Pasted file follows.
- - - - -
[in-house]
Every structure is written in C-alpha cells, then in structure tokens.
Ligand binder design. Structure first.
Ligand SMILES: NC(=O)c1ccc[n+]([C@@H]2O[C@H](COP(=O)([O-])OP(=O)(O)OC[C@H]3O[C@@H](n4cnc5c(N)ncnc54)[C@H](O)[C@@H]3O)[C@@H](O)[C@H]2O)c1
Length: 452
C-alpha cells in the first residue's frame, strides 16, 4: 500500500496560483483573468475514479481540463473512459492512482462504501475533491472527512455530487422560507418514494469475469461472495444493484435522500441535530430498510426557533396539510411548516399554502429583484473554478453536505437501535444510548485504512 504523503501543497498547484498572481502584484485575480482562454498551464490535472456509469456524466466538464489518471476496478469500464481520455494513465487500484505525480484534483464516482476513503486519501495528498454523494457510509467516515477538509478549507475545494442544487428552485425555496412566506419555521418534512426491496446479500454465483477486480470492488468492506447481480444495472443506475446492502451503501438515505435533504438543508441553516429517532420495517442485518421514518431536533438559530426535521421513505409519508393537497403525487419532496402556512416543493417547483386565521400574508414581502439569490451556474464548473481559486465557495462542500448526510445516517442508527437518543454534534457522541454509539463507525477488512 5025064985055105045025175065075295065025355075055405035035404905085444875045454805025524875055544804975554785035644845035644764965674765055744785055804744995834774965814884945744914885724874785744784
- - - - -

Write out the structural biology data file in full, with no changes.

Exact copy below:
[in-house]
Every structure is written in C-alpha cells, then in structure tokens.
Ligand binder design. Structure first.
Ligand SMILES: NC(=O)c1ccc[n+]([C@@H]2O[C@H](COP(=O)([O-])OP(=O)(O)OC[C@H]3O[C@@H](n4cnc5c(N)ncnc54)[C@H](O)[C@@H]3O)[C@@H](O)[C@H]2O)c1
Length: 452
C-alpha cells in the first residue's frame, strides 16, 4: 500500500496560483483573468475514479481540463473512459492512482462504501475533491472527512455530487422560507418514494469475469461472495444493484435522500441535530430498510426557533396539510411548516399554502429583484473554478453536505437501535444510548485504512 504523503501543497498547484498572481502584484485575480482562454498551464490535472456509469456524466466538464489518471476496478469500464481520455494513465487500484505525480484534483464516482476513503486519501495528498454523494457510509467516515477538509478549507475545494442544487428552485425555496412566506419555521418534512426491496446479500454465483477486480470492488468492506447481480444495472443506475446492502451503501438515505435533504438543508441553516429517532420495517442485518421514518431536533438559530426535521421513505409519508393537497403525487419532496402556512416543493417547483386565521400574508414581502439569490451556474464548473481559486465557495462542500448526510445516517442508527437518543454534534457522541454509539463507525477488512 5025064985055105045025175065075295065025355075055405035035404905085444875045454805025524875055544804975554785035644845035644764965674765055744785055804744995834774965814884945744914885724874785744784